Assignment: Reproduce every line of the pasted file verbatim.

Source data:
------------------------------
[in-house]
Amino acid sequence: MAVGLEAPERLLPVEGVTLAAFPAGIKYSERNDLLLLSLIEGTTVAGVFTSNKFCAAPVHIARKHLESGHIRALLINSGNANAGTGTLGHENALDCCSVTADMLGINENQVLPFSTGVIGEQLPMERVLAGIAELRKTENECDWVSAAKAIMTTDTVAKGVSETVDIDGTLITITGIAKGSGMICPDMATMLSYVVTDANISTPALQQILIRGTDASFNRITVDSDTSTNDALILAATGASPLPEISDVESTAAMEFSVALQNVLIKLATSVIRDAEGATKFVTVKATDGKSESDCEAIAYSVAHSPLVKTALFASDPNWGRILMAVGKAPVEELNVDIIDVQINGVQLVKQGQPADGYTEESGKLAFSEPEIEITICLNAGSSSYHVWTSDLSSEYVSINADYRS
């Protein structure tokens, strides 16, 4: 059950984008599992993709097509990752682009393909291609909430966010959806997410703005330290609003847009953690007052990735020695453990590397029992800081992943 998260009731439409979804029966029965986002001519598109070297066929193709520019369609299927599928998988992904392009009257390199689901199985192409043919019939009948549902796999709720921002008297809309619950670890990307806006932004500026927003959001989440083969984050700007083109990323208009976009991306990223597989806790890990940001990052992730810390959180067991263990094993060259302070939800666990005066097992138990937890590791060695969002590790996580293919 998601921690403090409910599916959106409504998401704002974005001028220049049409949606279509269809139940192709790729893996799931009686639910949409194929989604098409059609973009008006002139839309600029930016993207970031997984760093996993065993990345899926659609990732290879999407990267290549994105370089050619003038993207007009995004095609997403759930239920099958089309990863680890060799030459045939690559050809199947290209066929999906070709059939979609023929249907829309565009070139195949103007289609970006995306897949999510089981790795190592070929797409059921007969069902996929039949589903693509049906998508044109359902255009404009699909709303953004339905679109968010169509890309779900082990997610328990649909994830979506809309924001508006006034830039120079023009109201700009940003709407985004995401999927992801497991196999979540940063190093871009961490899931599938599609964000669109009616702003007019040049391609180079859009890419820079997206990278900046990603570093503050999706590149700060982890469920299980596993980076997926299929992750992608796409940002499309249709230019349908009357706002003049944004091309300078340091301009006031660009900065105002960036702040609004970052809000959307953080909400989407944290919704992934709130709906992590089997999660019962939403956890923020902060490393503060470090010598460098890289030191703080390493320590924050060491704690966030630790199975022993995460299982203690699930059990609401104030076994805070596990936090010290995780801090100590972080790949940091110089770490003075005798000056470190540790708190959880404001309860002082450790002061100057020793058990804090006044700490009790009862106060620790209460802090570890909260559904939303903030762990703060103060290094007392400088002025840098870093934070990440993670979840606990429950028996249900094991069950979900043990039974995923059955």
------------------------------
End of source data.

[in-house]
Amino acid sequence: MAVGLEAPERLLPVEGVTLAAFPAGIKYSERNDLLLLSLIEGTTVAGVFTSNKFCAAPVHIARKHLESGHIRALLINSGNANAGTGTLGHENALDCCSVTADMLGINENQVLPFSTGVIGEQLPMERVLAGIAELRKTENECDWVSAAKAIMTTDTVAKGVSETVDIDGTLITITGIAKGSGMICPDMATMLSYVVTDANISTPALQQILIRGTDASFNRITVDSDTSTNDALILAATGASPLPEISDVESTAAMEFSVALQNVLIKLATSVIRDAEGATKFVTVKATDGKSESDCEAIAYSVAHSPLVKTALFASDPNWGRILMAVGKAPVEELNVDIIDVQINGVQLVKQGQPADGYTEESGKLAFSEPEIEITICLNAGSSSYHVWTSDLSSEYVSINADYRS
């Protein structure tokens, strides 16, 4: 059950984008599992993709097509990752682009393909291609909430966010959806997410703005330290609003847009953690007052990735020695453990590397029992800081992943 998260009731439409979804029966029965986002001519598109070297066929193709520019369609299927599928998988992904392009009257390199689901199985192409043919019939009948549902796999709720921002008297809309619950670890990307806006932004500026927003959001989440083969984050700007083109990323208009976009991306990223597989806790890990940001990052992730810390959180067991263990094993060259302070939800666990005066097992138990937890590791060695969002590790996580293919 998601921690403090409910599916959106409504998401704002974005001028220049049409949606279509269809139940192709790729893996799931009686639910949409194929989604098409059609973009008006002139839309600029930016993207970031997984760093996993065993990345899926659609990732290879999407990267290549994105370089050619003038993207007009995004095609997403759930239920099958089309990863680890060799030459045939690559050809199947290209066929999906070709059939979609023929249907829309565009070139195949103007289609970006995306897949999510089981790795190592070929797409059921007969069902996929039949589903693509049906998508044109359902255009404009699909709303953004339905679109968010169509890309779900082990997610328990649909994830979506809309924001508006006034830039120079023009109201700009940003709407985004995401999927992801497991196999979540940063190093871009961490899931599938599609964000669109009616702003007019040049391609180079859009890419820079997206990278900046990603570093503050999706590149700060982890469920299980596993980076997926299929992750992608796409940002499309249709230019349908009357706002003049944004091309300078340091301009006031660009900065105002960036702040609004970052809000959307953080909400989407944290919704992934709130709906992590089997999660019962939403956890923020902060490393503060470090010598460098890289030191703080390493320590924050060491704690966030630790199975022993995460299982203690699930059990609401104030076994805070596990936090010290995780801090100590972080790949940091110089770490003075005798000056470190540790708190959880404001309860002082450790002061100057020793058990804090006044700490009790009862106060620790209460802090570890909260559904939303903030762990703060103060290094007392400088002025840098870093934070990440993670979840606990429950028996249900094991069950979900043990039974995923059955």